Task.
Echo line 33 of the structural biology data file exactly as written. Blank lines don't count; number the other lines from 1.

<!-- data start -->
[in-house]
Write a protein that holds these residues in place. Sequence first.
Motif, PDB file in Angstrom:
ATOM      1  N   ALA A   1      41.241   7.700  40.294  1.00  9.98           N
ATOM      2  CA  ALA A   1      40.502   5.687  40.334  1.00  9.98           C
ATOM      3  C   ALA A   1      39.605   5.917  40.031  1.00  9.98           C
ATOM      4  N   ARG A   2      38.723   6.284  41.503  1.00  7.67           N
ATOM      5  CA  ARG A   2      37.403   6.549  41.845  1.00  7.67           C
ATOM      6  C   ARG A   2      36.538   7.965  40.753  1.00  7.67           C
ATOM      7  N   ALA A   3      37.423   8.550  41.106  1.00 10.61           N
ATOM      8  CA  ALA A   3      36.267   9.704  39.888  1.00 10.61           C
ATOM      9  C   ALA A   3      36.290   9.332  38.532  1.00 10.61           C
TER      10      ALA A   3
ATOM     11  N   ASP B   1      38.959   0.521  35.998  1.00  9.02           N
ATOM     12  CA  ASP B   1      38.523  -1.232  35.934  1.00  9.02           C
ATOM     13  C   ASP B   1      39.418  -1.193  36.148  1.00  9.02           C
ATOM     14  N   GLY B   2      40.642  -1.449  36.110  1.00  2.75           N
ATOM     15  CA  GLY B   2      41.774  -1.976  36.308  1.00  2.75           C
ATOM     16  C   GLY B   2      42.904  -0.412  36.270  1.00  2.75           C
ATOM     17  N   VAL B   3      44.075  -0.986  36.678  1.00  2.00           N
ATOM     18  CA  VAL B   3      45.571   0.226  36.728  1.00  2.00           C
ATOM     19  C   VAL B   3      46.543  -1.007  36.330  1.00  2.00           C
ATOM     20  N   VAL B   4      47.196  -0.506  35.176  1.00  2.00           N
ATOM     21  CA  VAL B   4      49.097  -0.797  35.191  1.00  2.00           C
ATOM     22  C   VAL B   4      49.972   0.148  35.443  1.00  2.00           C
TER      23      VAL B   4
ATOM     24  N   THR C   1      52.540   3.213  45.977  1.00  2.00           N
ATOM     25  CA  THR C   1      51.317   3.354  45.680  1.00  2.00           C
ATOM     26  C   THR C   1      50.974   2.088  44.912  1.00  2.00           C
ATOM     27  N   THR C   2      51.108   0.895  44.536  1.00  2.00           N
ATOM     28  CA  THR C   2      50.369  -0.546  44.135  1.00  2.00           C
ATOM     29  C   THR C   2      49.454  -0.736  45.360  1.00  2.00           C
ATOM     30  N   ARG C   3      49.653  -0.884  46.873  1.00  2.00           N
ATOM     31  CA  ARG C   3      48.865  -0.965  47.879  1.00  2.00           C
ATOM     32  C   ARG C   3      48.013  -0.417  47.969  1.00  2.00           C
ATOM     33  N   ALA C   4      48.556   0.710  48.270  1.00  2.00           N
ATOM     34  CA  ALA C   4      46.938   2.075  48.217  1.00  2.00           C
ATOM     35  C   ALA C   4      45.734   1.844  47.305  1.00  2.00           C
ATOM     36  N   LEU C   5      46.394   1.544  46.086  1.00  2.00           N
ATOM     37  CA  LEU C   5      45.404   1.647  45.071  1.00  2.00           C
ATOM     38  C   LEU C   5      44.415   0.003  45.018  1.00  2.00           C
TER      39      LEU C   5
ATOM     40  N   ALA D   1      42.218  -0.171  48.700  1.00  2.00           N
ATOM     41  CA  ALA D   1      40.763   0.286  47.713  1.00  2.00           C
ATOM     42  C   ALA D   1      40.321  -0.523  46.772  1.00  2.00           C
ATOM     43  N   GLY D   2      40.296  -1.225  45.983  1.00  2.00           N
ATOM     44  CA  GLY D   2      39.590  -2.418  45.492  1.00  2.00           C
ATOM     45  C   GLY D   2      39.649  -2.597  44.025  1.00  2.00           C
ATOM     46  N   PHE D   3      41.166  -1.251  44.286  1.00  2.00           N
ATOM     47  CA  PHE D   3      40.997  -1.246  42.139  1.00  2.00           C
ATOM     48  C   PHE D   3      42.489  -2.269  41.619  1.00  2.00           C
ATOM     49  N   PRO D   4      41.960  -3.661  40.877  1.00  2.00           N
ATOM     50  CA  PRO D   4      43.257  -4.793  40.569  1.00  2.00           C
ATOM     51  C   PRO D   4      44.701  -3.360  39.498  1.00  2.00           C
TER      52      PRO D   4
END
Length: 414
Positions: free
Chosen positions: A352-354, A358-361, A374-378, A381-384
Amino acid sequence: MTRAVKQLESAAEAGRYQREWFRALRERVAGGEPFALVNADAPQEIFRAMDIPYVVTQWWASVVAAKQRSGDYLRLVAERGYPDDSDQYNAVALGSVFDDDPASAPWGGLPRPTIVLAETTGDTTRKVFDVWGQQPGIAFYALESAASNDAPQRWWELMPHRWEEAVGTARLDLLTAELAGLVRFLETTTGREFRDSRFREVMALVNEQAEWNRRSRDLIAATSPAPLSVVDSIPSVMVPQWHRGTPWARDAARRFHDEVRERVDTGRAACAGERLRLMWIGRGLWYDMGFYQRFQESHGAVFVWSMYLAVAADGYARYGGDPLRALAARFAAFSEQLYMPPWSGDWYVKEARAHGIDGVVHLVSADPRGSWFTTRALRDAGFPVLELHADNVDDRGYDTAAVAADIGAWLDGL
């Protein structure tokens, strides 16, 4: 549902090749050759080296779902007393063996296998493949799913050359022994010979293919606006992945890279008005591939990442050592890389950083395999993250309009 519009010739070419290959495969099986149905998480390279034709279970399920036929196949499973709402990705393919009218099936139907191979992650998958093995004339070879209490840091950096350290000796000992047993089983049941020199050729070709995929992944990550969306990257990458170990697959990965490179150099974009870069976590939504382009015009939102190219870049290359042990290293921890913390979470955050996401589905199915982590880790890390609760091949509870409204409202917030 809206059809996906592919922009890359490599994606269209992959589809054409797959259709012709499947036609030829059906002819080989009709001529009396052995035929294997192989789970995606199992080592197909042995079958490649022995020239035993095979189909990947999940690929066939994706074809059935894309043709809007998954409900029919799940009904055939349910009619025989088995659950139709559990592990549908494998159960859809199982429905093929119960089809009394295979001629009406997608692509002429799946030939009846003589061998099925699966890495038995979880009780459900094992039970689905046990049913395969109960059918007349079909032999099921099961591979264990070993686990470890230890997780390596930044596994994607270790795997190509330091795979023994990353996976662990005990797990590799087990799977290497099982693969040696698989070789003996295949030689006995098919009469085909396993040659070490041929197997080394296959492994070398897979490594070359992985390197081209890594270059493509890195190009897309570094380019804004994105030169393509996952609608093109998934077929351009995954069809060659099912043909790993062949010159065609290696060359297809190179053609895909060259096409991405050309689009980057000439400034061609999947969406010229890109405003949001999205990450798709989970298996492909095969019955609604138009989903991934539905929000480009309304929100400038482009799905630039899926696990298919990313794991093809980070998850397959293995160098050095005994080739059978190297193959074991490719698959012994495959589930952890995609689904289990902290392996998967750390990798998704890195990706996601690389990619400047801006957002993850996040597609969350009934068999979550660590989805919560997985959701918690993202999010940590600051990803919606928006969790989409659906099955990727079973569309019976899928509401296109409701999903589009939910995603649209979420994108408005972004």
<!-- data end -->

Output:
ATOM     30  N   ARG C   3      49.653  -0.884  46.873  1.00  2.00           N